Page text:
No performance was better than that of Martin, 31, whose 196 yards established a Jets opening-day record for rushing excellence. How notable was Martin's output: Last year, it took him four games to rush for 197 yards, the poorest start of his career. Part of that 2003 slump, Martin publicly suggested in camp this summer, was the lack of work that he had in preseason play.
Martin demanded the ball more in exhibition games this summer and head coach Herman Edwards acquiesced. In one contest, Martin logged 13 carries, a key number since he had just 12 attempts during the entire '03 preseason. Arguably the most unheralded great back in recent league history, and just 210 yards shy of sliding into the No. 10 slot among the all-time leading rushers, Martin, termed "a marvel" by New York general manager Terry Bradway, has never failed to run for 1,000 yards in a season.
No reason to believe his résumé won't include a ninth consecutive 1,000-yard campaign. In fact, Martin has suggested that, coming off a spring and summer in which he really tested himself and prepared harder than he has in years, there is still plenty of tread left on his tires.
"It's about mind over matter and, in my mind, the age thing really doesn't matter to me," Martin said after shredding the Bengals defense. "I feel good mentally and physically. I think I can still play at a high level. Yeah, this is still a young man's game, but there are still some of us old hands getting it done."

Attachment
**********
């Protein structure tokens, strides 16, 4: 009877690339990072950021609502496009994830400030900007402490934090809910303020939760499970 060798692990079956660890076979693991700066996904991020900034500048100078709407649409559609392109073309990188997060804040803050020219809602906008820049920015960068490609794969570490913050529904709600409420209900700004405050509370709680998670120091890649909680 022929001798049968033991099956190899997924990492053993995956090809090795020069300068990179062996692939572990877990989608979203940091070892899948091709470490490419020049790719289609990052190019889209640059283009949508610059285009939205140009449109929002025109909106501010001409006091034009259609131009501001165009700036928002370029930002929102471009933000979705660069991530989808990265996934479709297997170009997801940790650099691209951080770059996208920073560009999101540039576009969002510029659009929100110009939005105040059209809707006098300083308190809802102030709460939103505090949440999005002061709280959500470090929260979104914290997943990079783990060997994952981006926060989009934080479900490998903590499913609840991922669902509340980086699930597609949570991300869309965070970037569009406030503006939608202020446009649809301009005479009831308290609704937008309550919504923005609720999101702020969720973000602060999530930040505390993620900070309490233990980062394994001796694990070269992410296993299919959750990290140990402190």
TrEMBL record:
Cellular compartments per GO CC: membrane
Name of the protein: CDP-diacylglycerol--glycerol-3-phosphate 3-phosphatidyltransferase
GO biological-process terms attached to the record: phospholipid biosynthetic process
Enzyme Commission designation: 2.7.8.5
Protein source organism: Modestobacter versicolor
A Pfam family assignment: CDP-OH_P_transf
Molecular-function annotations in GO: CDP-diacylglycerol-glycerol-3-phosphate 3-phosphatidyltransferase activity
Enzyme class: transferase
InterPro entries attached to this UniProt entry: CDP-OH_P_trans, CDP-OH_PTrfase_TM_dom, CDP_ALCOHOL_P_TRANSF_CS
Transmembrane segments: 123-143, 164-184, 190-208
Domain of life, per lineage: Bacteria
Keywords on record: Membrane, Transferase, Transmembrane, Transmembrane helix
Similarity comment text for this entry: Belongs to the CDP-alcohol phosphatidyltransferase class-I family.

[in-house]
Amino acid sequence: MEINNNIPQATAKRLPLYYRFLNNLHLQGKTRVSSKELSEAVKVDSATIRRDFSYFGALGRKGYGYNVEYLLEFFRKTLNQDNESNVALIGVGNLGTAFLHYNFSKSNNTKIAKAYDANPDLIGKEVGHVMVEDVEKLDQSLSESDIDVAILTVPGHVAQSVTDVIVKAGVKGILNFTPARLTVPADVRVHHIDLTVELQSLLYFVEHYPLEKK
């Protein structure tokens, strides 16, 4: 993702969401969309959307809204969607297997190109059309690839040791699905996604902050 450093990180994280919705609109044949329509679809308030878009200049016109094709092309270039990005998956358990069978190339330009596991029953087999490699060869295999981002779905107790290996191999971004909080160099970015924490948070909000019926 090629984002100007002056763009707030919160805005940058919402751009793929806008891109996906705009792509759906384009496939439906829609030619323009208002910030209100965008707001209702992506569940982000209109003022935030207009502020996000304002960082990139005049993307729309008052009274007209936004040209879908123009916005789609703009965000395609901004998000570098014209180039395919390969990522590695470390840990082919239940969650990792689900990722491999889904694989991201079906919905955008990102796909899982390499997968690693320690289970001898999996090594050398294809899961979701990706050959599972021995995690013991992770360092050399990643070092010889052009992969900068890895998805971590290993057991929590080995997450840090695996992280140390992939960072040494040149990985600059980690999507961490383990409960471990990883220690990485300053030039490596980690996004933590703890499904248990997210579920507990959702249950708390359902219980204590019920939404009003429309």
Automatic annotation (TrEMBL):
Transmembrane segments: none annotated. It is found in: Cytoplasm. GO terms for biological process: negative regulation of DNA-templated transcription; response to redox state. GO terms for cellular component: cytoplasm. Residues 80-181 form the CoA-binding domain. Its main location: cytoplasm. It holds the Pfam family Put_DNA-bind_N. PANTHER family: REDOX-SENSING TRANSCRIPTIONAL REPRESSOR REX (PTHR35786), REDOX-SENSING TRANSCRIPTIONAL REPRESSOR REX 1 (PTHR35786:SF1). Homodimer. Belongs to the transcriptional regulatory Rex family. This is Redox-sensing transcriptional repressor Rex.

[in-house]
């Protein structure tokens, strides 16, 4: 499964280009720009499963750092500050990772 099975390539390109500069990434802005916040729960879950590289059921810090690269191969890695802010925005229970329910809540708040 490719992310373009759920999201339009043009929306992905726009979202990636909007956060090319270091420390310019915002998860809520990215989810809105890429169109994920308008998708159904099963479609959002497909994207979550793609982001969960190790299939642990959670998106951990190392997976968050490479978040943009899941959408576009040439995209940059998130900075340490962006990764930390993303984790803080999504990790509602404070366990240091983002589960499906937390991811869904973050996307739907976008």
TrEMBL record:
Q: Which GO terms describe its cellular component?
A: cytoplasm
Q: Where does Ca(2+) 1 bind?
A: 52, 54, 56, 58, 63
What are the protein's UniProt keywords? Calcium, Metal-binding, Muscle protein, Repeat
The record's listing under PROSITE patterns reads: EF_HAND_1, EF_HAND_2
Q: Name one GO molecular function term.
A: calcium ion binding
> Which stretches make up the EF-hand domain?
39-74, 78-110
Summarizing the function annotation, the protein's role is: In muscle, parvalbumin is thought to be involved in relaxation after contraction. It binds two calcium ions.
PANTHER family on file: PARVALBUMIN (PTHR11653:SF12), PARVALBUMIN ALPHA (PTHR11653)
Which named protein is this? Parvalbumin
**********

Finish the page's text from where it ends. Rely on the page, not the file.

In truth, though, not many of them.
The average age of the 32 tailbacks who started in the Week 1 contests was 27.1. Of that group, 14 are 25 or younger and five are 23 or younger. As is the case annually at the outset of a season, there were young tailbacks, like Quentin Griffin of Denver and Chris Brown of Tennessee, who seemed to emerge as rising stars.
But one of the story lines that came out of last weekend, and which now bears scrutiny for the balance of the season, was the productivity of the older tailbacks. In that subset, Faulk merits attention because, in reducing his workload with first-round draft choice Steven Jackson, the Rams could well extend the career and the brilliance of a player who now ranks 13th on the all-time rushing list and eighth in total yards from scrimmage.
Having missed 11 games in two seasons, coming off a pair of knee surgeries over the past 11 months, Faulk was being treated in some quarters like he was just a hanger-on. But in running for 128 yards and registering 143 total yards from scrimmage, Faulk, 31, showed that the whispers of his imminent demise were premature.
"Watching him," noted Rams safety Aeneas Williams, another of the team's seemingly ageless stars, "is like seeing a portrait in motion."
Maybe the picture will never be as pretty this season for the over-30 running backs as it was on opening day. The position, after all, has the shortest average career shelf-life of any spot in the lineup, NFL Players Association studies have confirmed. And even Faulk allowed that a running back can "lose it," suddenly misplacing that half-step burst that sets the great ones apart, in a blink.
"But there are always the exceptions," Faulk said. "And I think, in the case of some of the older [backs] in the league, well, we're among those exceptions."
Len Pasquarelli is a senior NFL writer for ESPN.com.